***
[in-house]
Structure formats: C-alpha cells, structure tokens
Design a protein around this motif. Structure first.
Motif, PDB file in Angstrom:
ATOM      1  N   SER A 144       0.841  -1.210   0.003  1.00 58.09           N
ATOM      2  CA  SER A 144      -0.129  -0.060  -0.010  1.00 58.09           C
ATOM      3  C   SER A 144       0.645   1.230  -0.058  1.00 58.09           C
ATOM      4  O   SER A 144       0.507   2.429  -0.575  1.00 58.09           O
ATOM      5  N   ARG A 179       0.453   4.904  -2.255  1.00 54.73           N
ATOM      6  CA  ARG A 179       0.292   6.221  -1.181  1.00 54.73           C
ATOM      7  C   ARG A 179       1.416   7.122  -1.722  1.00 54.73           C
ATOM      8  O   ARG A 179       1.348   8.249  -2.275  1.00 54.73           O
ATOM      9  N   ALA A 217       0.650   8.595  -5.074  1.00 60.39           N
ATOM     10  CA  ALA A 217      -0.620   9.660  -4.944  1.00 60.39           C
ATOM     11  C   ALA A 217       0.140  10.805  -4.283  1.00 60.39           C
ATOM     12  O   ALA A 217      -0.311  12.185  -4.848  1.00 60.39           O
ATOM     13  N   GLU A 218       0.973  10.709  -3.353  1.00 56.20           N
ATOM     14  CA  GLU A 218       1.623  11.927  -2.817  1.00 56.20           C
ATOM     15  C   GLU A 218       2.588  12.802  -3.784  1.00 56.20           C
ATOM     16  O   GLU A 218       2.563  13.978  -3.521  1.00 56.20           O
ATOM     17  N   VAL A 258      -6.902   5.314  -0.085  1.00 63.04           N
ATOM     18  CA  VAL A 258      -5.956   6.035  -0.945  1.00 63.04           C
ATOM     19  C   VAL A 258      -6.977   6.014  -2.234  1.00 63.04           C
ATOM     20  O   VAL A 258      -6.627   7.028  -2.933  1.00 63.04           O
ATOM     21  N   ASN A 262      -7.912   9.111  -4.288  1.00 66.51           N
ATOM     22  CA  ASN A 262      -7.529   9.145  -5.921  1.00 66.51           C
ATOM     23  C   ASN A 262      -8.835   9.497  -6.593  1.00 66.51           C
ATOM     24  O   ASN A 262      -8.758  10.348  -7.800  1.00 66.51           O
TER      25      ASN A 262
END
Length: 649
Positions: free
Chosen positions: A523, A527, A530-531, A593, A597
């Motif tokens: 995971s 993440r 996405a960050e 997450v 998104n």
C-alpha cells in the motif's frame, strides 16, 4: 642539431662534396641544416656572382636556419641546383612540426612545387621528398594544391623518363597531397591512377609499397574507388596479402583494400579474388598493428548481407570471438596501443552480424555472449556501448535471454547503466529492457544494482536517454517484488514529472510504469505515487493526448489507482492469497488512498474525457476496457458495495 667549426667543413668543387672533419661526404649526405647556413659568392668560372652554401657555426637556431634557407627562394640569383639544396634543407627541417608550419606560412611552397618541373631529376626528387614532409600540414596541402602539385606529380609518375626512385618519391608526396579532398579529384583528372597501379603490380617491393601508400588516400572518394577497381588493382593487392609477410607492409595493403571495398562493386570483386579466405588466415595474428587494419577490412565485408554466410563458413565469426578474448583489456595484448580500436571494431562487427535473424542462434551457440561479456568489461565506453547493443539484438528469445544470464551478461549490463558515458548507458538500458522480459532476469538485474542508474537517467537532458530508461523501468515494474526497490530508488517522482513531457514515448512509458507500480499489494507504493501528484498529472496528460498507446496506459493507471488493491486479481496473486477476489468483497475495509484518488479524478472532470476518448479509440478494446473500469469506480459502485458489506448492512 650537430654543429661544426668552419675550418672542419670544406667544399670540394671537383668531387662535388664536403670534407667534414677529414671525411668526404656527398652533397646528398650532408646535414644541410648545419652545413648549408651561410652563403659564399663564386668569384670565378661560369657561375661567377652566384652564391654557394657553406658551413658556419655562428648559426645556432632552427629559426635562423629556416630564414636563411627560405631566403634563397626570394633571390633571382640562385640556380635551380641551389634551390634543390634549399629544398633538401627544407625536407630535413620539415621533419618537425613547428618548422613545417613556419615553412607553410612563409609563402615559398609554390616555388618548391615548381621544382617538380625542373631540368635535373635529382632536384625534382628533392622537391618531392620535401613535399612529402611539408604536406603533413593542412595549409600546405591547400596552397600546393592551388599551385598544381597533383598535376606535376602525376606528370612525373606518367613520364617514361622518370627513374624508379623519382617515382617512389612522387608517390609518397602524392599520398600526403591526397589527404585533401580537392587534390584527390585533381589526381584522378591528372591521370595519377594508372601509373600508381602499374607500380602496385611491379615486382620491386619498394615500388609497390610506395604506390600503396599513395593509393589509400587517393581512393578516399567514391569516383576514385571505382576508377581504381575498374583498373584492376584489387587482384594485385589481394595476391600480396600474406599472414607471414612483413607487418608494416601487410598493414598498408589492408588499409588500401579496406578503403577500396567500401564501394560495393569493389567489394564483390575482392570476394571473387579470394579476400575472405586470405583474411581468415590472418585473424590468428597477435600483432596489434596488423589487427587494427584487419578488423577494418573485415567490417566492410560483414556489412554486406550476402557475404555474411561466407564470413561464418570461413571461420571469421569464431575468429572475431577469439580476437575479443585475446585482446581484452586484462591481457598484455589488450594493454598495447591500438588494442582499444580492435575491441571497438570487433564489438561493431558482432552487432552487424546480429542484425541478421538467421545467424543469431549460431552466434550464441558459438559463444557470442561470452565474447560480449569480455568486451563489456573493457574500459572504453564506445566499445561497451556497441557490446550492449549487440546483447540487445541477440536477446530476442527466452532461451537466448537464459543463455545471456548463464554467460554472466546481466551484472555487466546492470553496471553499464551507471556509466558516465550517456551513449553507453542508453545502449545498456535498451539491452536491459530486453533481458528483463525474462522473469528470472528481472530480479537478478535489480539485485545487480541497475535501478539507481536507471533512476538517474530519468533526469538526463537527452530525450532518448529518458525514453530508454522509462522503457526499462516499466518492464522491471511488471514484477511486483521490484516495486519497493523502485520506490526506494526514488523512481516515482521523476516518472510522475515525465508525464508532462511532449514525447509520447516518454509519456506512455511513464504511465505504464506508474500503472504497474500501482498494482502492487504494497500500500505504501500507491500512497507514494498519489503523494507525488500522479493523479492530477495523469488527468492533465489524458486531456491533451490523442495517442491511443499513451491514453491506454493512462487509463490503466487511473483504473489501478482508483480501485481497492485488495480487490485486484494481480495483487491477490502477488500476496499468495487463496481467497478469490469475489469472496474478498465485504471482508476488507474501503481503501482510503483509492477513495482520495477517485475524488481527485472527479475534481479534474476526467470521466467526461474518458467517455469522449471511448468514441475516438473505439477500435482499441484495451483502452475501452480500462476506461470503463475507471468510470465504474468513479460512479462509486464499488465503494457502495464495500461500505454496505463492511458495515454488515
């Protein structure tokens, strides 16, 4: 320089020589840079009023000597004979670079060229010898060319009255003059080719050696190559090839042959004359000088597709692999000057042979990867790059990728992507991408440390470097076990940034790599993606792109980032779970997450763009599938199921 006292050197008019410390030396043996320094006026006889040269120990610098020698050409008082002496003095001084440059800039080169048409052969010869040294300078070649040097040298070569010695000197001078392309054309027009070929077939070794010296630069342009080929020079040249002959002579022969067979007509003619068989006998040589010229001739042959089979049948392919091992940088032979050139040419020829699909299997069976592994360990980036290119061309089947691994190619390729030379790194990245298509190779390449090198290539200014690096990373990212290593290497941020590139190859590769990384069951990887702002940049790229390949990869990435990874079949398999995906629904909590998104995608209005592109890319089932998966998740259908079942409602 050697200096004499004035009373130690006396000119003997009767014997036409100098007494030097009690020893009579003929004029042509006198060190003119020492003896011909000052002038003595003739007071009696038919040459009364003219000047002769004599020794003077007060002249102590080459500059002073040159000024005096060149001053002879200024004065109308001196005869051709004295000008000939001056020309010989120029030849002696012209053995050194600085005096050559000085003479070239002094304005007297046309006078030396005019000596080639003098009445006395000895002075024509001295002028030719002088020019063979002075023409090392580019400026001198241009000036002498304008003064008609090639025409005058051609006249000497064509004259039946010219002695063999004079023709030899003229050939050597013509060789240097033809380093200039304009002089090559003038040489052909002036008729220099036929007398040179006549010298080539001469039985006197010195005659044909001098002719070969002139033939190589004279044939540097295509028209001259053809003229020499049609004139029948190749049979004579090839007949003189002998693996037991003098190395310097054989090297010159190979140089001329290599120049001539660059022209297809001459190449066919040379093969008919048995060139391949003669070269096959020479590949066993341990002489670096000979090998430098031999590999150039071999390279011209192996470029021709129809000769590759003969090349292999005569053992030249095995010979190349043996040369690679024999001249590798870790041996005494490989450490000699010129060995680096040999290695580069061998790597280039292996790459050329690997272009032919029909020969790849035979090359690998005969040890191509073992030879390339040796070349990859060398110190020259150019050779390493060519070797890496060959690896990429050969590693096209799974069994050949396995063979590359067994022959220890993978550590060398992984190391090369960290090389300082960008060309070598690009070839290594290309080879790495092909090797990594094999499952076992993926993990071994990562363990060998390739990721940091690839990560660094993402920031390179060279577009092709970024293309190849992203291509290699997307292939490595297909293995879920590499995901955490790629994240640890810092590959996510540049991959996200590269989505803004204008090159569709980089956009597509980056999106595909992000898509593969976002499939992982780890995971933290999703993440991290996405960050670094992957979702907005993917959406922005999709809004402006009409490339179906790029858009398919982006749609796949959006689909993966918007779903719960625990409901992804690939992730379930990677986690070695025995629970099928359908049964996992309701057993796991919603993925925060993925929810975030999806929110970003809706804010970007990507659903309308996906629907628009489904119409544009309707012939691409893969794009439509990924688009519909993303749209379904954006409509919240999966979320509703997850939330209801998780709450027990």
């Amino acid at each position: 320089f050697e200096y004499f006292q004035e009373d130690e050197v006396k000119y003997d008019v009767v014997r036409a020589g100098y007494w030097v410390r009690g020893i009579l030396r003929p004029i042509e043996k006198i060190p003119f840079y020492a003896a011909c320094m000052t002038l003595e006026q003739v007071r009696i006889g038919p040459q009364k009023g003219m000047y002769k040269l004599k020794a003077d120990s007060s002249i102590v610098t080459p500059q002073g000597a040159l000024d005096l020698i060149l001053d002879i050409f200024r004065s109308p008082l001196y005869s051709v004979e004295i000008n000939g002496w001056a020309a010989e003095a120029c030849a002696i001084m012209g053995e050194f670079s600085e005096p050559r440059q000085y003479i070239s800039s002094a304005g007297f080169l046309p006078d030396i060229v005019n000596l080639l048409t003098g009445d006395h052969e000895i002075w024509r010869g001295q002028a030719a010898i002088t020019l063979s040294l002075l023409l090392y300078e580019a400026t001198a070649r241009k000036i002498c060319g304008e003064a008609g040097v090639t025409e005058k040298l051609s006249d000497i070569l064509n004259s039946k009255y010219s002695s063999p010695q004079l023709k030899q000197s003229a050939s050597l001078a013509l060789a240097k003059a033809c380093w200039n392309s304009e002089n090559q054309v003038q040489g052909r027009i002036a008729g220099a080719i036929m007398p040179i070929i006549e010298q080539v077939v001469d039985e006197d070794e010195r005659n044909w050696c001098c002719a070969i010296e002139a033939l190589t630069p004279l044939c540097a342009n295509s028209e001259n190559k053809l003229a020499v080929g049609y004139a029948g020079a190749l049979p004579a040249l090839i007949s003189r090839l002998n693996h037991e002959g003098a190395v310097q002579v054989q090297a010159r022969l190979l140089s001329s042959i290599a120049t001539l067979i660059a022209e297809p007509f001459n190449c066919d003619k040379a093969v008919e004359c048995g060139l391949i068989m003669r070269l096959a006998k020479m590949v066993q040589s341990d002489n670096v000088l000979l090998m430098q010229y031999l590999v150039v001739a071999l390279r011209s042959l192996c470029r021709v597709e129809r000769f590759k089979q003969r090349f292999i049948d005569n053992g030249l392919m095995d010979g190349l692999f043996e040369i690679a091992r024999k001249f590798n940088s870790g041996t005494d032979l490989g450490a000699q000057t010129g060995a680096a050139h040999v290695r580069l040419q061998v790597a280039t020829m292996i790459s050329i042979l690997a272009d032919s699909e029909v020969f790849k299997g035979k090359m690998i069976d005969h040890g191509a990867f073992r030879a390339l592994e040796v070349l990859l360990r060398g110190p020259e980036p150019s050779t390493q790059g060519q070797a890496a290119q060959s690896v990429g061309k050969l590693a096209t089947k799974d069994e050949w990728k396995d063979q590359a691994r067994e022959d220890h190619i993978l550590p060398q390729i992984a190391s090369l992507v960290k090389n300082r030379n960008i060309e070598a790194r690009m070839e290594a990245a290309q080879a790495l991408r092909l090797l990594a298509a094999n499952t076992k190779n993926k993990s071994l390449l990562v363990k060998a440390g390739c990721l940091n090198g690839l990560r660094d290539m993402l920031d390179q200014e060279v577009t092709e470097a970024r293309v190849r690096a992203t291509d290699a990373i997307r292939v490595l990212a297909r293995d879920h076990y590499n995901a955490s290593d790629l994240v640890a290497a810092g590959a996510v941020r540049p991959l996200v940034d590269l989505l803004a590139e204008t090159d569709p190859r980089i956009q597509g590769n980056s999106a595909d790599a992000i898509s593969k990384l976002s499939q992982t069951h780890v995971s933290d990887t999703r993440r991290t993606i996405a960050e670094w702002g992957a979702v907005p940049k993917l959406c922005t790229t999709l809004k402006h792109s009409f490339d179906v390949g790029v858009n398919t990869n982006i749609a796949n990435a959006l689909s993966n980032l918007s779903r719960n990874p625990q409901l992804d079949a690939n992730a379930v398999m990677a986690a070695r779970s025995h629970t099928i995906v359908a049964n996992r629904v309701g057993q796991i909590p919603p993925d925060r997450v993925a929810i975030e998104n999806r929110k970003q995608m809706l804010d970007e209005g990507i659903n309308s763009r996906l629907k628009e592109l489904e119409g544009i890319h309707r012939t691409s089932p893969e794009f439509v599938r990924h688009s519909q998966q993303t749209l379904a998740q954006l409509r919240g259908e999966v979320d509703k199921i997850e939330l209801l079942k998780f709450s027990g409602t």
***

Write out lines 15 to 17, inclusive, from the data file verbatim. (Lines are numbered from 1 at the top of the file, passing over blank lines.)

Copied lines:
ATOM     11  C   ALA A 217       0.140  10.805  -4.283  1.00 60.39           C
ATOM     12  O   ALA A 217      -0.311  12.185  -4.848  1.00 60.39           O
ATOM     13  N   GLU A 218       0.973  10.709  -3.353  1.00 56.20           N